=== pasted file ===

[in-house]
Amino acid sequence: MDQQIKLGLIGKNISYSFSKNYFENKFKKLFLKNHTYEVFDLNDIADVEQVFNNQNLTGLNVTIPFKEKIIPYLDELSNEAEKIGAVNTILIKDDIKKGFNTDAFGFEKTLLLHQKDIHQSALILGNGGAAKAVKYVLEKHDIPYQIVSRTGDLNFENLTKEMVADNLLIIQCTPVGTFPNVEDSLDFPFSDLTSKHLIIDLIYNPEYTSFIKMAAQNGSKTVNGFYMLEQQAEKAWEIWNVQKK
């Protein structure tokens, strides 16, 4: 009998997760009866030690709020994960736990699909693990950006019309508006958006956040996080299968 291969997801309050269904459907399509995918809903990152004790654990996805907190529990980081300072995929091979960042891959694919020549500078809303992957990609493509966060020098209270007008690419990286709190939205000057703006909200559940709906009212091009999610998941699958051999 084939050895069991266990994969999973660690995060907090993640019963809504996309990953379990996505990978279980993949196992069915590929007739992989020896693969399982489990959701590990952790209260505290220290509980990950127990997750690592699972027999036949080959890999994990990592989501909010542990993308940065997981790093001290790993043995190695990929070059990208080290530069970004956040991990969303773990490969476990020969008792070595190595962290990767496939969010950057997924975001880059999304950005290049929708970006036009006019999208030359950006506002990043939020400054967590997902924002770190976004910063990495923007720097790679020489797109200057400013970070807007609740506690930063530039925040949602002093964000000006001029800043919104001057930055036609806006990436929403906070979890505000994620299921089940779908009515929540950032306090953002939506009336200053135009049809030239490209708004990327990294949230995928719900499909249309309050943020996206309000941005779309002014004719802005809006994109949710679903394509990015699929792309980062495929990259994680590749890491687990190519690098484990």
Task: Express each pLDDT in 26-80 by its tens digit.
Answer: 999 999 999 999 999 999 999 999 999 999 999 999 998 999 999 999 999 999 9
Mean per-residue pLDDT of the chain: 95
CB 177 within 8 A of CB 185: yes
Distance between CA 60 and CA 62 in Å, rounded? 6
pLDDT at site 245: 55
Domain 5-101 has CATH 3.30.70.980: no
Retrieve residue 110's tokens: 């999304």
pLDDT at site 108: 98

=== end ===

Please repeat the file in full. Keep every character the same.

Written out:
[in-house]
Amino acid sequence: MDQQIKLGLIGKNISYSFSKNYFENKFKKLFLKNHTYEVFDLNDIADVEQVFNNQNLTGLNVTIPFKEKIIPYLDELSNEAEKIGAVNTILIKDDIKKGFNTDAFGFEKTLLLHQKDIHQSALILGNGGAAKAVKYVLEKHDIPYQIVSRTGDLNFENLTKEMVADNLLIIQCTPVGTFPNVEDSLDFPFSDLTSKHLIIDLIYNPEYTSFIKMAAQNGSKTVNGFYMLEQQAEKAWEIWNVQKK
């Protein structure tokens, strides 16, 4: 009998997760009866030690709020994960736990699909693990950006019309508006958006956040996080299968 291969997801309050269904459907399509995918809903990152004790654990996805907190529990980081300072995929091979960042891959694919020549500078809303992957990609493509966060020098209270007008690419990286709190939205000057703006909200559940709906009212091009999610998941699958051999 084939050895069991266990994969999973660690995060907090993640019963809504996309990953379990996505990978279980993949196992069915590929007739992989020896693969399982489990959701590990952790209260505290220290509980990950127990997750690592699972027999036949080959890999994990990592989501909010542990993308940065997981790093001290790993043995190695990929070059990208080290530069970004956040991990969303773990490969476990020969008792070595190595962290990767496939969010950057997924975001880059999304950005290049929708970006036009006019999208030359950006506002990043939020400054967590997902924002770190976004910063990495923007720097790679020489797109200057400013970070807007609740506690930063530039925040949602002093964000000006001029800043919104001057930055036609806006990436929403906070979890505000994620299921089940779908009515929540950032306090953002939506009336200053135009049809030239490209708004990327990294949230995928719900499909249309309050943020996206309000941005779309002014004719802005809006994109949710679903394509990015699929792309980062495929990259994680590749890491687990190519690098484990």
Task: Express each pLDDT in 26-80 by its tens digit.
Answer: 999 999 999 999 999 999 999 999 999 999 999 999 998 999 999 999 999 999 9
Mean per-residue pLDDT of the chain: 95
CB 177 within 8 A of CB 185: yes
Distance between CA 60 and CA 62 in Å, rounded? 6
pLDDT at site 245: 55
Domain 5-101 has CATH 3.30.70.980: no
Retrieve residue 110's tokens: 């999304």
pLDDT at site 108: 98